Emerson College's student newspaper

The Berkeley Beacon

Emerson College's student newspaper

The Berkeley Beacon

Emerson College's student newspaper

The Berkeley Beacon

Emerson should up its LGBTQ-friendliness with new cultural center

strongTau Zaman/strong

The summer after my term as LGBTQ Commissioner in the Student Government Association, I was ecstatic to learn that Emerson College jumped to  number one in the Princeton Review’s ranking of most LGBTQ-friendly colleges. I was proud of the progress we’d made as an institution, and felt that I was contributing to it through my work as an resident assistant and as vice president of SGA the following year.

I was less excited upon discovering that another year later, Emerson dropped to number three. This seemed to bother no one but me. People’s response to this news: we ought to celebrate how other colleges are becoming more accepting of LGBTQ students, and furthermore this news is not necessarily an indicator of how we as an institution are slipping in our efforts to help them.

The truth is, we are slipping. Every moment that we don’t look for new ways to improve the quality of life for LGBTQ students at Emerson, we perpetuate the culture of complacency that’s held us back from making so many advancements for them.

I think one of the biggest steps we ought to take is establishing a staffed LGBTQ center as a resource for students. An initiative calling for this passed in SGA more than a year ago. I’ve only really seen one argument in opposition to it: The Cultural Center we already have should suffice, and we ought to just make better use of it. I don’t think this is valid, as the argument conflates racial identity as a culture with sexual/gender identity as a culture, which, while perhaps inter-influential, are two distinct spheres of identity.

We already have a Center for Spiritual Life separate from the Cultural Center, because we recognize that religion/spirituality is its own distinct experience. Those students are not at all segregated for being religious; they just use another space. And, we already have an LGBTQ Commissioner on SGA distinct from the Multicultural Commissioner, because we recognize that they represent two separate aspects of student life.

We’d all benefit from more communal spaces on campus. An LGBTQ center would serve as a place for students to host programming, hold forums to explore the depths of issues facing their generation, and just socialize/unwind in a space that celebrates one aspect of who they are — much as the Cultural Center and Center for Spiritual Life do.

But the center is only one step. The larger issue we must address is our resistance to helping LGBTQ students, as a result of thinking they already have all they need. “But Emerson is gay-friendly; every space is a safe space here,” I’m told when discussing safe-space programs, or polling people on the prospect of an LGBTQ learning community as a housing option.

Emerson is not the perfect haven for LGBTQ students. Even here I’ve heard hate speech in passing; even here I’ve had students confide in me that they’re terrified of coming out of the closet; even here I’ve met with transgender constituents who feel that their college is only LGB-friendly.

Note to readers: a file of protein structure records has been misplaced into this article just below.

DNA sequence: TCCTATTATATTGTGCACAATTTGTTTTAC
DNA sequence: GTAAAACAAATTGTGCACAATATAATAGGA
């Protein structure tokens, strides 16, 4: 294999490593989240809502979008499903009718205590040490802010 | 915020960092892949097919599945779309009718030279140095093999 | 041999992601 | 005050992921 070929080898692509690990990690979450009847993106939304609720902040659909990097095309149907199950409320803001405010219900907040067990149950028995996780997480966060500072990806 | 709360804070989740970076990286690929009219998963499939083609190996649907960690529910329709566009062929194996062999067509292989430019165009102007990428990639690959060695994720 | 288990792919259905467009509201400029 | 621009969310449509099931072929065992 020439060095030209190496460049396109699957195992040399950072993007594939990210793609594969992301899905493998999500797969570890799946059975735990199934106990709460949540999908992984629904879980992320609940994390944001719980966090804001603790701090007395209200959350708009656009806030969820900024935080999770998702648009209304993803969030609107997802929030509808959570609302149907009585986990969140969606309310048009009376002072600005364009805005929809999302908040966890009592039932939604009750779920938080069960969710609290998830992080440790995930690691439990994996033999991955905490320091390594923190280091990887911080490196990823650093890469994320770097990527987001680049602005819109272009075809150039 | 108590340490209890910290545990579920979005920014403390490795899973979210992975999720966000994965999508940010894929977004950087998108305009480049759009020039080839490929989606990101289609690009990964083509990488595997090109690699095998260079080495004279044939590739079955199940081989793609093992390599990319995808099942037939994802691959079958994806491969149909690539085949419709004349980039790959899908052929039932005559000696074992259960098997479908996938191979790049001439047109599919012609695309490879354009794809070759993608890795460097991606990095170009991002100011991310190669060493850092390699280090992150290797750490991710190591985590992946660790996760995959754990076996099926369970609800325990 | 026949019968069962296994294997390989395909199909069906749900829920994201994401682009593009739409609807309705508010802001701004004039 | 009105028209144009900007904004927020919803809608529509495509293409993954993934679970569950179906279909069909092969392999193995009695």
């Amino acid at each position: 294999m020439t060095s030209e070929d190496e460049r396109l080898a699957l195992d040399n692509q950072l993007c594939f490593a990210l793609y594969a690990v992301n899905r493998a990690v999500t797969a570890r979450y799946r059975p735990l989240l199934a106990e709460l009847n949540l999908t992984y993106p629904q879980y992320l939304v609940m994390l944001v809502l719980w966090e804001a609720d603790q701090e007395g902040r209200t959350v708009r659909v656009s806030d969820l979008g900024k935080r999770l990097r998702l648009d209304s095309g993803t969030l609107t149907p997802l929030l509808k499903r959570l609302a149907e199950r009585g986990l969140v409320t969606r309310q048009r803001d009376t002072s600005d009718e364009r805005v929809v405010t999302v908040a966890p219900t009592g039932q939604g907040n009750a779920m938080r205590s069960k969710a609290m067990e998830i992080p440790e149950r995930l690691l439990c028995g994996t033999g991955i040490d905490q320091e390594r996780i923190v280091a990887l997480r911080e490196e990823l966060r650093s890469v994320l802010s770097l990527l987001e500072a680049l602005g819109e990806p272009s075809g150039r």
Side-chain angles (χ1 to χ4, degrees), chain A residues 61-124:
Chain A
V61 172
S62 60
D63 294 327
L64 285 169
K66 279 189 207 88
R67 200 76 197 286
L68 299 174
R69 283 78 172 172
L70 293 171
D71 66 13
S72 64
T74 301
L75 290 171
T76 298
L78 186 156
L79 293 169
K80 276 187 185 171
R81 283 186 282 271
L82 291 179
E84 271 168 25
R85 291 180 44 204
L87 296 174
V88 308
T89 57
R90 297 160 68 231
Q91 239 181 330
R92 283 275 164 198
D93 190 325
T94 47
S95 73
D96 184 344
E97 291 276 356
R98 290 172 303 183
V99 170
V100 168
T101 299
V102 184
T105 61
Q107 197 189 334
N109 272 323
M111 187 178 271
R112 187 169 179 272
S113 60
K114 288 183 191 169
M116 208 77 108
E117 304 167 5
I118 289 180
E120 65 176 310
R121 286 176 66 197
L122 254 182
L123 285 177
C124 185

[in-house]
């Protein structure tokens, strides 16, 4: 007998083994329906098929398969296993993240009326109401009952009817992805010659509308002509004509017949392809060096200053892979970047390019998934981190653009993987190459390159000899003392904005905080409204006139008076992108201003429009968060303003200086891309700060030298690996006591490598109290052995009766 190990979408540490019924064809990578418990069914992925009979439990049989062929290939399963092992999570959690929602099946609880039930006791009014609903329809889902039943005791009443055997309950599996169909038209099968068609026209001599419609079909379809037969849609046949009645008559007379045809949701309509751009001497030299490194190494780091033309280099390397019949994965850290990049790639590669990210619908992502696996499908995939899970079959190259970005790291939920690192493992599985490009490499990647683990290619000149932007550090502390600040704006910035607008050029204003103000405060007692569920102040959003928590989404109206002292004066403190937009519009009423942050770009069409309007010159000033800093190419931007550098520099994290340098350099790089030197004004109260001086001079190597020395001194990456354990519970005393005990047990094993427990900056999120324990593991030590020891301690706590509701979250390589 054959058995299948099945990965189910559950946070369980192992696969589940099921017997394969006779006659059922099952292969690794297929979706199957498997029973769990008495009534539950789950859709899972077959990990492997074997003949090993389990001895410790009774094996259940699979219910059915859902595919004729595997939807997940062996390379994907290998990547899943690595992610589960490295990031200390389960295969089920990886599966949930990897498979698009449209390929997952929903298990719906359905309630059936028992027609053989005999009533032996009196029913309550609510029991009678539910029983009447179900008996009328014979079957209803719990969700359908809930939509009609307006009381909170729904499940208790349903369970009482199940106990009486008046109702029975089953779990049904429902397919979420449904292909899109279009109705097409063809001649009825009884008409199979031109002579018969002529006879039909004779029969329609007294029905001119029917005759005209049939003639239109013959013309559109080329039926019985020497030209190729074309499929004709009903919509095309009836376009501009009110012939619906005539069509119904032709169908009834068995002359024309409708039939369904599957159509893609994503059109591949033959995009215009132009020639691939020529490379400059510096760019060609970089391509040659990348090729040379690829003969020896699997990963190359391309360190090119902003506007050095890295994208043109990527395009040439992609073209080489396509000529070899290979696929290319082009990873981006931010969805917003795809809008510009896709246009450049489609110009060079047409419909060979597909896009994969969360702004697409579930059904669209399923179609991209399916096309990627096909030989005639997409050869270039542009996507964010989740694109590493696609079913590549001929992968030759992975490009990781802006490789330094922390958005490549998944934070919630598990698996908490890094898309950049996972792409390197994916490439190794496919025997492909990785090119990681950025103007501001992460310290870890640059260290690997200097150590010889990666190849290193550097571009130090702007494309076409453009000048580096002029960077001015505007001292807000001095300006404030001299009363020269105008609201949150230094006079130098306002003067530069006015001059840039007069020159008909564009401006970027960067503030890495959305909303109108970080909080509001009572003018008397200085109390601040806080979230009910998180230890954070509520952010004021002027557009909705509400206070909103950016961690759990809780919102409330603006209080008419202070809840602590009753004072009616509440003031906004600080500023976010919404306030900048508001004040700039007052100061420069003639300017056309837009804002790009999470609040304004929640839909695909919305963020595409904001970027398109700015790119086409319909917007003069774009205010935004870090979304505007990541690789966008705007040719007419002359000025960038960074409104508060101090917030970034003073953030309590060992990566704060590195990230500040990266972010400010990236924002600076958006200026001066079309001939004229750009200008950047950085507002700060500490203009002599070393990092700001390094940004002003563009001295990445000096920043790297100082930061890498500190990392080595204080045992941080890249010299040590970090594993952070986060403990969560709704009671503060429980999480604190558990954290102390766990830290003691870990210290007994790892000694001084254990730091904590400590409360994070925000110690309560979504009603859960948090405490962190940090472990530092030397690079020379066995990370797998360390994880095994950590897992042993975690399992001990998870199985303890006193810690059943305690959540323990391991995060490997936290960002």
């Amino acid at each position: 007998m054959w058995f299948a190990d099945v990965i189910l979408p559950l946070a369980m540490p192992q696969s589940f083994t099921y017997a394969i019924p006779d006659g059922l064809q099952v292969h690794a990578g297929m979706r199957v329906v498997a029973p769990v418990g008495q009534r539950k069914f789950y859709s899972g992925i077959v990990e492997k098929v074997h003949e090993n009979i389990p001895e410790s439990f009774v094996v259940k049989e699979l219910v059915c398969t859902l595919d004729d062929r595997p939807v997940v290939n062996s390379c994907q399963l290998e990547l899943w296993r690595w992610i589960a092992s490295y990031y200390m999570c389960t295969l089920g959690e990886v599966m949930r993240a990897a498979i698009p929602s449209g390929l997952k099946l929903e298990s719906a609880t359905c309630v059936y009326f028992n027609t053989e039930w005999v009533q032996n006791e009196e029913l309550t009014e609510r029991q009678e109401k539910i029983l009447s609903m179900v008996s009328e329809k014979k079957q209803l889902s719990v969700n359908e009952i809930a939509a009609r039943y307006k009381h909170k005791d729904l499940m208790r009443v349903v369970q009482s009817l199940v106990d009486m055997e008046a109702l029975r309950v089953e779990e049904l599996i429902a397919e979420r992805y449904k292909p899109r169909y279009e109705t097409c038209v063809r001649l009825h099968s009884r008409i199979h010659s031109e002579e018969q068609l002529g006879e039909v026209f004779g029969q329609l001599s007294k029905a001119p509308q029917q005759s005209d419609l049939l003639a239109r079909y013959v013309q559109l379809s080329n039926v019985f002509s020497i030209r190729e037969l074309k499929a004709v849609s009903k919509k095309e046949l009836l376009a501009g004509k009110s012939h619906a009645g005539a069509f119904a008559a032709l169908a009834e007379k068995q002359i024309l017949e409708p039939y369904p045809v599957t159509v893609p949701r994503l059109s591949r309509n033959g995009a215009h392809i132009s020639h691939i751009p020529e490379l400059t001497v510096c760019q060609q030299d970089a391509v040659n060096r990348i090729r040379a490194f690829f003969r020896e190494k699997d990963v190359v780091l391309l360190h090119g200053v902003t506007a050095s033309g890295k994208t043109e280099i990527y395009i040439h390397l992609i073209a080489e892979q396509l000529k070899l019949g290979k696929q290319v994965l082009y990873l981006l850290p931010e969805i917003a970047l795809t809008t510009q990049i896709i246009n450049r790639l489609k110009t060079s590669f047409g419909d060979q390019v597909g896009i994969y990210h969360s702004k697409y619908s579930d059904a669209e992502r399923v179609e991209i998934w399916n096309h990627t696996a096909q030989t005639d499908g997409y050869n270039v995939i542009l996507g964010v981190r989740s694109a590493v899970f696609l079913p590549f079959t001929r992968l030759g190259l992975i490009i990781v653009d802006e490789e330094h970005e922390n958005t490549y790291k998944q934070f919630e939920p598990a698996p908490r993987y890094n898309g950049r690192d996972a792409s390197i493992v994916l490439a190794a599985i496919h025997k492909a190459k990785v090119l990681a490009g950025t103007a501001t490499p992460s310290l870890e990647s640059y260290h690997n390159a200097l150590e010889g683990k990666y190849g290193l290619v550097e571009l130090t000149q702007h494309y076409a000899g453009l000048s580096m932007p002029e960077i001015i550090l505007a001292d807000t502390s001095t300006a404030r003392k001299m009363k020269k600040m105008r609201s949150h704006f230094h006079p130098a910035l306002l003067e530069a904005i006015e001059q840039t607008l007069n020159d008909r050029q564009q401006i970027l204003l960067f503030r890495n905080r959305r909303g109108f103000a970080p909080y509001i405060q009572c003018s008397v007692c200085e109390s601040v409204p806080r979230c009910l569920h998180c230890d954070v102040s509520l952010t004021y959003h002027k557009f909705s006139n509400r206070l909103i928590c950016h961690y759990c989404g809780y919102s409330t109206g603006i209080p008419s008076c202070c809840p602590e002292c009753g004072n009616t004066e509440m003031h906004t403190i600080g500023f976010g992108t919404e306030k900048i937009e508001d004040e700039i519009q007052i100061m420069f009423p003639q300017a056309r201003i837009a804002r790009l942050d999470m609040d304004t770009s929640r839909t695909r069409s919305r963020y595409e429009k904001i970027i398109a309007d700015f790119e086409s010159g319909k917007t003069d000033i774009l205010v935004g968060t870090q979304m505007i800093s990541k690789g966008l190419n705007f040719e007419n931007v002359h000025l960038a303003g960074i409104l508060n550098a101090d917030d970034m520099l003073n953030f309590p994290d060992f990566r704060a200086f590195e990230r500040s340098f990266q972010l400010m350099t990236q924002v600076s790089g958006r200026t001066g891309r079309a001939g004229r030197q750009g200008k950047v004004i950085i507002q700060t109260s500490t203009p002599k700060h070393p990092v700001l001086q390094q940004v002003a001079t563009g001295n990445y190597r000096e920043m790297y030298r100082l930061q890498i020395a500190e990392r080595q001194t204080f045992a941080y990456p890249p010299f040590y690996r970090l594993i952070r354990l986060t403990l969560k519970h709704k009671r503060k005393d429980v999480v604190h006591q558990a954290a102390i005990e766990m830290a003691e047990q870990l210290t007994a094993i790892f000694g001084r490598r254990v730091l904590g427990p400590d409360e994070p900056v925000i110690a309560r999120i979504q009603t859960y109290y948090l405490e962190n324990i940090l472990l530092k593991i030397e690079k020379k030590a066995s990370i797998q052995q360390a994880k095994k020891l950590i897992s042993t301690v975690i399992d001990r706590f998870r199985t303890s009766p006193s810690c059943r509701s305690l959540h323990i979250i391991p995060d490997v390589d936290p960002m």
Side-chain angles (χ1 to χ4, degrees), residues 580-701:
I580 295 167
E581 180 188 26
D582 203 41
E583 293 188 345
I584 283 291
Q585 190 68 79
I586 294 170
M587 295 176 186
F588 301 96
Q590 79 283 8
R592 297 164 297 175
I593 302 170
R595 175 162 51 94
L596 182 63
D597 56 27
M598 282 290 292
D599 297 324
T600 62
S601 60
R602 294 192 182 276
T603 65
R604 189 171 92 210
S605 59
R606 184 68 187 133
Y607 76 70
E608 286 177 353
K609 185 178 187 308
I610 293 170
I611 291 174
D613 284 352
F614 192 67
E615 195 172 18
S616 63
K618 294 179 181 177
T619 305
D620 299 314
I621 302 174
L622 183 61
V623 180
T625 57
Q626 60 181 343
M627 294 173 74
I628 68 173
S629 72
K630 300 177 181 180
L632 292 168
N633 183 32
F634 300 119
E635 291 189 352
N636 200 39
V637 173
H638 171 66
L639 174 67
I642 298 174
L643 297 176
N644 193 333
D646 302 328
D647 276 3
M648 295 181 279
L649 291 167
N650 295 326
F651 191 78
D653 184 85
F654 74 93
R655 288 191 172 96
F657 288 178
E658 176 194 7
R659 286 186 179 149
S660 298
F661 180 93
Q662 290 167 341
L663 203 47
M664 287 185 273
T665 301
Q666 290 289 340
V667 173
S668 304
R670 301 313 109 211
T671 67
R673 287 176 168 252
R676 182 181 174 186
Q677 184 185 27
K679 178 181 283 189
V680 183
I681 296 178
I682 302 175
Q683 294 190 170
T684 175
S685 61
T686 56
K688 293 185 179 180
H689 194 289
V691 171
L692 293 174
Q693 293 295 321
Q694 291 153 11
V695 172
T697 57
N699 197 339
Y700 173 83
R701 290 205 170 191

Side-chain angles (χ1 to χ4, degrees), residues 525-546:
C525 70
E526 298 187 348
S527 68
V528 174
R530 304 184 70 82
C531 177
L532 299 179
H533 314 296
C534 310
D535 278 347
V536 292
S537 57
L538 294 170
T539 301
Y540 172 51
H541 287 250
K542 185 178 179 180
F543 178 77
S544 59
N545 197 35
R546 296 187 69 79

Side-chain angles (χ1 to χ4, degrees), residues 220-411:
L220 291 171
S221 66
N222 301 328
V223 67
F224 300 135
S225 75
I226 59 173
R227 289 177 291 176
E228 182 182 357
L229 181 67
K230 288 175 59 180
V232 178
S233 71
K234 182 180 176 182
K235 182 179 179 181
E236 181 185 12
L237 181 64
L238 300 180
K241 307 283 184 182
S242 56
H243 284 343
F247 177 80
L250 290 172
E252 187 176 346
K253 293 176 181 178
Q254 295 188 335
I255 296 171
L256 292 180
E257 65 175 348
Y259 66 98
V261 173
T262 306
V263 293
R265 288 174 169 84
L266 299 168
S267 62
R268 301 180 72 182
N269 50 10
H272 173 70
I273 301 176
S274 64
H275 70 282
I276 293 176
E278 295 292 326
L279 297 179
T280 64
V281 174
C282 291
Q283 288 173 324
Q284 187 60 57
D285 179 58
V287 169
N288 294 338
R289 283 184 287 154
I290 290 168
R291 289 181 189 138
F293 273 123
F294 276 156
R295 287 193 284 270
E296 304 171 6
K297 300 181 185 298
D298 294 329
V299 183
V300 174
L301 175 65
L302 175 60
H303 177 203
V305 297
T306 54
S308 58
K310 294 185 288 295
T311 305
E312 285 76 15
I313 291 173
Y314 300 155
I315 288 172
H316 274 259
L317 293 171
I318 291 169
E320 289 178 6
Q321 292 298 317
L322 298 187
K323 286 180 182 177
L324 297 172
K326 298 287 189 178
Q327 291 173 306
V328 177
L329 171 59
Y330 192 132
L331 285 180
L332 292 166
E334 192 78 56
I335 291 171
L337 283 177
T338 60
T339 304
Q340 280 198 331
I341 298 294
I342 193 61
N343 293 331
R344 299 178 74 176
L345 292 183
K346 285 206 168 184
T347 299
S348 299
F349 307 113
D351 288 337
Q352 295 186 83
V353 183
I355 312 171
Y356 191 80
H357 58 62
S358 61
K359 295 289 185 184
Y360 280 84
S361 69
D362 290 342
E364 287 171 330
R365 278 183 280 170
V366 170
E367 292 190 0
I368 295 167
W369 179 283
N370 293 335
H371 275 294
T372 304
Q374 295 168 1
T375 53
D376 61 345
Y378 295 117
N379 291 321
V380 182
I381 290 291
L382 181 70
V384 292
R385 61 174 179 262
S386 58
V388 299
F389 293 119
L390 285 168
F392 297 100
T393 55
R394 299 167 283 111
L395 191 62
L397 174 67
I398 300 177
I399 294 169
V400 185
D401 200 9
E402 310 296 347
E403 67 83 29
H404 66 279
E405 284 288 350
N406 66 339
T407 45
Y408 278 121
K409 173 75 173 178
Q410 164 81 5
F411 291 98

Let me make this clear: I love Emerson. When I got here, I was blown away by how people here were so much more tolerant, educated, and worldly than the people I knew from my hometown of Cranston, R.I., which suffers from stifling homogeneity. I think perhaps a lot of new students felt this way too, and threw themselves into Emerson’s big gay welcoming arms with a sigh of relief as a long-awaited feeling of belonging washed over them.

But this feeling — seductive, and validating — can be dangerous. It blinds us to the long road we have ahead of us to finding real equality and justice. Our welcoming environment constructs a narrative with premature closure: I was a kid growing up in X, but felt like an outcast because of Y or Z, but then I came to Emerson and everything was resolved. This narrative is harmful because it cements a lazy mentality.

It’s tough to bring up this topic without sounding ungrateful of how truly wonderful Emerson is in comparison to other less-friendly colleges. But, I’ve seen too many students brush past other advocates for great causes on campus, because we’re all too busy to help, because we all think we’re progressive enough, because someone else can take up the cause. This is the mentality we’ve adopted for anyone who dares talk about social justice, who brings up topics that are uncomfortable but urgent, who forces us to reevaluate our status quo to see if we can better serve those we overlook due to our privilege.

I’m saying this as a wake-up call to all of us at Emerson. The next time we slip further down in the rankings of LGBTQ-friendly colleges, while others climb their way up, it won’t be because others just “got on our level.” It’ll be because they’re establishing the spaces and resources we don’t have, combating the silent prejudices we don’t acknowledge, and asking themselves what more they can do, while we boast about how much we already do. It’ll be because they’re innovating, while we’re resting on our laurels.

emTau Zaman is a junior political communication major and the executive vice president of the Student Government Association. Zaman can be reached at [email protected]/em

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